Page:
DanceHouse and Dancers of Damelahamid
Elle Sofe Sara’s Vástádus eana – The answer is land

When & Where February 23 & 24, 2024 at 8pm | Vancouver Playhouse, 600 Hamilton St.

Choreography Elle Sofe Sara & Alexandra Wingate Dramaturge Thomas Schaupp Costume Design Elle Sofe Sara and Ramona Salo Set Design Elin Melberg Lighting Design Øystein Heitmann

Performers Nora Svenning, Julie Moviken, Viija Tjemsland Kwasney, Sara Marielle Gaup Beaska, Olga-LiseHomen, Greta Daling, Emma Elliane Oskal Valkeapáá

Reviewer John Jane

Formerly known as Lapland, Sápmi is not an autonomous country, but a region in northern Scandinavia that stretches across Norway, Sweden, Finland an even into the Kola Peninsula of Russia. Most of its land mass is within the Arctic Circle and the people who traditionally inhabit the region are nomadic Sámi (speaking with one of the performers after the show, Sámi people prefer not to be called Laplanders).

Elle Sofe Sara’s spiritually-centred new work Vástádus eana is part dance, part singing and part celebration, but also a cultural commentary on reclamation and ethnic Identity. The audience watches the performance for the first twenty minutes standing outside on the adjacent plaza. The seven-member female troupe, uniformly dressed in black kilts, red shawls, colourful woolen bonnets, and equipped with megaphones, move in quasi-military style formation and repetitive movements to demonstrate their strength in community.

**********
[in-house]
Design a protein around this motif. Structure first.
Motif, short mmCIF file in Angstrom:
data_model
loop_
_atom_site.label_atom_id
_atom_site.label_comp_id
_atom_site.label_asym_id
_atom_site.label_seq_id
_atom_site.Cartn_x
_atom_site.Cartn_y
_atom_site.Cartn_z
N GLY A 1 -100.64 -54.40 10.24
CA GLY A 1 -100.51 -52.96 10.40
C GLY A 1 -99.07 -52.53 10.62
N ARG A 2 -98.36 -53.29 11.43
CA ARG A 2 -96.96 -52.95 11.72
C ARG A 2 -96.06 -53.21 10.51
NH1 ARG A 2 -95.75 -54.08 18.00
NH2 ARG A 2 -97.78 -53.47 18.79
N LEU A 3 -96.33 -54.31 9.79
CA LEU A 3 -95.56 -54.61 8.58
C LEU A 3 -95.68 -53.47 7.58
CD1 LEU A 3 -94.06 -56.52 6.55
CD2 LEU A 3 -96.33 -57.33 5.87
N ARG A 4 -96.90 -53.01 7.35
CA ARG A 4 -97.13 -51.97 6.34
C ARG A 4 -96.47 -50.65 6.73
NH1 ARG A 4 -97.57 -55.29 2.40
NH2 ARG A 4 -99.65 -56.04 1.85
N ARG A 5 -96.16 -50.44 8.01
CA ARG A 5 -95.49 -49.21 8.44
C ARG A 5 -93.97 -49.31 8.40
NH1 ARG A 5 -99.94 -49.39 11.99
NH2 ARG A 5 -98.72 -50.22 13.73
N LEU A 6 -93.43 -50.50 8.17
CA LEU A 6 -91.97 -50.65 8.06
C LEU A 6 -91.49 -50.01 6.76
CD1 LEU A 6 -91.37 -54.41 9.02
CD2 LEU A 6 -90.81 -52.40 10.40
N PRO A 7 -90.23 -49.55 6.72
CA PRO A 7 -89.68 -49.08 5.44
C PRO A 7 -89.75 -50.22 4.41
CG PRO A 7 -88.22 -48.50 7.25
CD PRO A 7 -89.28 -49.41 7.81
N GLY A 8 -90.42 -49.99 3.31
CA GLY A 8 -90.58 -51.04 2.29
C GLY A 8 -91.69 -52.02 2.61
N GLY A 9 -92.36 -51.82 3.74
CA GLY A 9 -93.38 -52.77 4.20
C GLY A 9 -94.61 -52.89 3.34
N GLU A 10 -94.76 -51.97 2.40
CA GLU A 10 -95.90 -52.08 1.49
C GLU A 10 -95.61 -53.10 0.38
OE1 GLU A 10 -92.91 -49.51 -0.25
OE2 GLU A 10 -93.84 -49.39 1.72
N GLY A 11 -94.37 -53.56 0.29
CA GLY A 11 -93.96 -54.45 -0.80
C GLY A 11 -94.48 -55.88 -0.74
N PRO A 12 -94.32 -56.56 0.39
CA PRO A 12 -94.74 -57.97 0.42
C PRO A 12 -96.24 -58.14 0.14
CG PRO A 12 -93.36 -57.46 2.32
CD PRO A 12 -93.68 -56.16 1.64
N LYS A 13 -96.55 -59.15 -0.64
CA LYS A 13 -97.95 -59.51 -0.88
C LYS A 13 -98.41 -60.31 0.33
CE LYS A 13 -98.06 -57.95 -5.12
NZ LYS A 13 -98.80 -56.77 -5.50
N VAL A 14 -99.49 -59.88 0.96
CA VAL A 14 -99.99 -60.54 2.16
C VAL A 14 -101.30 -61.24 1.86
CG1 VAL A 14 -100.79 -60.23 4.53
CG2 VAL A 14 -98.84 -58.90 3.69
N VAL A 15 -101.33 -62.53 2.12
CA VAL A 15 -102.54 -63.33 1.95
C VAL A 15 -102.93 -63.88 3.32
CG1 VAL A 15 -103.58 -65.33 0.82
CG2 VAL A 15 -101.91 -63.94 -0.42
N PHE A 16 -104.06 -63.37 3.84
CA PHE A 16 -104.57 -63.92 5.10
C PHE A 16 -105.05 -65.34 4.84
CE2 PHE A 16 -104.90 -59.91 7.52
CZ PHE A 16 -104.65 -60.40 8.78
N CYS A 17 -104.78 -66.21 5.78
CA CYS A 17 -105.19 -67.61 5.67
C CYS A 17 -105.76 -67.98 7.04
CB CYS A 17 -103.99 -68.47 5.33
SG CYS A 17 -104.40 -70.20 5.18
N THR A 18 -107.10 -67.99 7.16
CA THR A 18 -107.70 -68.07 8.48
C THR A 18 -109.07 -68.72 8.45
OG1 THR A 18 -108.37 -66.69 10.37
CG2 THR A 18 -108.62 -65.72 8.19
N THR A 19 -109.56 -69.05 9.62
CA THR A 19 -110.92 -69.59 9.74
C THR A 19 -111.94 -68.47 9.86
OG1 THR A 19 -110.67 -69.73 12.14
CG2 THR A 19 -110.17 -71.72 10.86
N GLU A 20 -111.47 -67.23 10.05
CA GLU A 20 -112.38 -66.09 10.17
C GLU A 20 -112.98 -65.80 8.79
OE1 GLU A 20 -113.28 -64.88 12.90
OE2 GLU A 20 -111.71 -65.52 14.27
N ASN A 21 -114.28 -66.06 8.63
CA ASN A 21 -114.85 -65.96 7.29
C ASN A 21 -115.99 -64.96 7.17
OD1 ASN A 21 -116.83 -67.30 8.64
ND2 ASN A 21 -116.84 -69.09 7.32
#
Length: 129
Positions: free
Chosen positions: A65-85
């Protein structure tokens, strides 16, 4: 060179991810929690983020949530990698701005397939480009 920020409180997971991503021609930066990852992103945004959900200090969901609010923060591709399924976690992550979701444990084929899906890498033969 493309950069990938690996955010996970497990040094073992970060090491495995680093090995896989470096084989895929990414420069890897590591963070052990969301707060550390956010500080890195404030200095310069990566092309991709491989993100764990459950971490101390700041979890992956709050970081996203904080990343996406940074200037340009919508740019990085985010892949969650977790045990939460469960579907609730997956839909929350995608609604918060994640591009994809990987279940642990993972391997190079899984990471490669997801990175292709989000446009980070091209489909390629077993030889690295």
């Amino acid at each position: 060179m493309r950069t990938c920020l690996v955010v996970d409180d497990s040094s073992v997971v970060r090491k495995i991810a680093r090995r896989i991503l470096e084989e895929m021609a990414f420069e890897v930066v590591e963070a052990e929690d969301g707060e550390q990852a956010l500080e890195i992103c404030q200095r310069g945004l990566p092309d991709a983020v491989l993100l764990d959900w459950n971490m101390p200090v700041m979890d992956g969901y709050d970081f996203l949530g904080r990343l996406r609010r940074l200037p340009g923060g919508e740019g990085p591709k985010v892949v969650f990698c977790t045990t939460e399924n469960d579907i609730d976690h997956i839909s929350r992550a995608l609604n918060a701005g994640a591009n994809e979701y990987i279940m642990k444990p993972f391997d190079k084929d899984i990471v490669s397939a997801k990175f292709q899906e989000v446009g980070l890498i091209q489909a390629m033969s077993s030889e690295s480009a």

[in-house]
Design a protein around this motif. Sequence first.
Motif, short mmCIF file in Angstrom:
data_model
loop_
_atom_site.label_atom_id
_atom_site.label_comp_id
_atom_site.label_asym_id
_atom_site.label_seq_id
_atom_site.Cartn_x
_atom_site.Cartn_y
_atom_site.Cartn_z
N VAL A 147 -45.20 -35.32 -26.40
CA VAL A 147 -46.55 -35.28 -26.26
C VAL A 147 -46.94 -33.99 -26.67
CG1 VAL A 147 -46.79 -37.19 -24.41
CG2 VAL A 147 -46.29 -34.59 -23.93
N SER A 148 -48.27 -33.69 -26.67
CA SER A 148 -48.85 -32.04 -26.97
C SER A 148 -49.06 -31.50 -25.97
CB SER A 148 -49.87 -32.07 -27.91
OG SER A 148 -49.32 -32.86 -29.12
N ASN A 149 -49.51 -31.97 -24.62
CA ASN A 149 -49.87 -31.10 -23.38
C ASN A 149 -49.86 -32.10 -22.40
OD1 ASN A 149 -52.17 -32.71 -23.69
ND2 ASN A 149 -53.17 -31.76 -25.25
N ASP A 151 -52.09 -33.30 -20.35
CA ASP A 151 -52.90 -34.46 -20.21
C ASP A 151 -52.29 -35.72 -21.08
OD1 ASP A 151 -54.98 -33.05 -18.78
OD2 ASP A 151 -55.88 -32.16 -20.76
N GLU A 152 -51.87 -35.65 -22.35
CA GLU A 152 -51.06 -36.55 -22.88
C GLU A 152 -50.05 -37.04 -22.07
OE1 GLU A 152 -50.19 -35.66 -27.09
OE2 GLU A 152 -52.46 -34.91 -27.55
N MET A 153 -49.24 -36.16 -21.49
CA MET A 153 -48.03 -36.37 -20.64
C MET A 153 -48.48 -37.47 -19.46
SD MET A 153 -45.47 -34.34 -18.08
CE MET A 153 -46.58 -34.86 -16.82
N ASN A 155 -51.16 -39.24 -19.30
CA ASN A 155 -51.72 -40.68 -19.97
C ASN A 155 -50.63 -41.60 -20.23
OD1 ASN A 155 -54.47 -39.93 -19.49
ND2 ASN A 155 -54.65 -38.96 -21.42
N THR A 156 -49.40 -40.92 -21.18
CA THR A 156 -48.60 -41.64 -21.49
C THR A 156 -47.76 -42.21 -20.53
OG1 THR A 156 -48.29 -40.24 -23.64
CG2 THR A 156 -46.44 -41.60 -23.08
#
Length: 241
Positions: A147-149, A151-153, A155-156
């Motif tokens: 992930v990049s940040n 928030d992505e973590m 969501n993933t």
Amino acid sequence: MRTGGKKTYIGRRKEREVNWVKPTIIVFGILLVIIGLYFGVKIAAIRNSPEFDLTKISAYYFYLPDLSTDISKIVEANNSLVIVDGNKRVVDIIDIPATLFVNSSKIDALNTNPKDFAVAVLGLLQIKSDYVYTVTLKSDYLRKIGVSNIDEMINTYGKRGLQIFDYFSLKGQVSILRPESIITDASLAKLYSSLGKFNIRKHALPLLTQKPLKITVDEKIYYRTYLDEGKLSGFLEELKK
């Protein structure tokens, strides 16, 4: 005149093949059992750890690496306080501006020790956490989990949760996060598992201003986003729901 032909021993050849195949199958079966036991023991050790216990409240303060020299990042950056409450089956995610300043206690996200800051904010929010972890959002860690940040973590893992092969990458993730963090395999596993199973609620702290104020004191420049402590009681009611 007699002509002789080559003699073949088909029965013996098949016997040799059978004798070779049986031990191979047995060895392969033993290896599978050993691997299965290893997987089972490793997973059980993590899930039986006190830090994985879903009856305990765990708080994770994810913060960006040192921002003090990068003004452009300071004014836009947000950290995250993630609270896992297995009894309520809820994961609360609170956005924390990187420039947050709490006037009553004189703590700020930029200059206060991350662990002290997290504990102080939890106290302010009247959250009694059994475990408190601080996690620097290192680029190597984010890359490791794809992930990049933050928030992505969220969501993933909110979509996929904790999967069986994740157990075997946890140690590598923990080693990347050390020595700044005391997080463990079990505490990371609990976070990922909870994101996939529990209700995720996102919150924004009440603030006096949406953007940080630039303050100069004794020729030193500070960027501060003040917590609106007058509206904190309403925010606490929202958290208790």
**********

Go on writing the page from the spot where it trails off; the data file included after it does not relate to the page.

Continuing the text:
With a few hundred patrons streaming back into the theatre through the back door and across the stage floor, in took several minutes for everyone to find the seats. When the performance restarted with the women changed to indoor attire, it was nothing short of mesmerizing.

The women actually come from various vicinities – some Norwegian, some Sámi, and some Norwegian-Sámi. Elle Sofe Sara and Alexandra Wingate choreography doesn’t appear to hold formal dance syntax, nor does it seem to incorporate folk elements. The performer’s movements, together with their joiking (a style of vocalizing not unlike the timbre of Inuit throat-singing), follows a particular narrative.

The Indigenous Sámi people have had struggles similar to Canada’s First Nations, in that, they have strived to maintain their cultural heritage and language in the face of assimilation and religious conversion.

© 2024 John Jane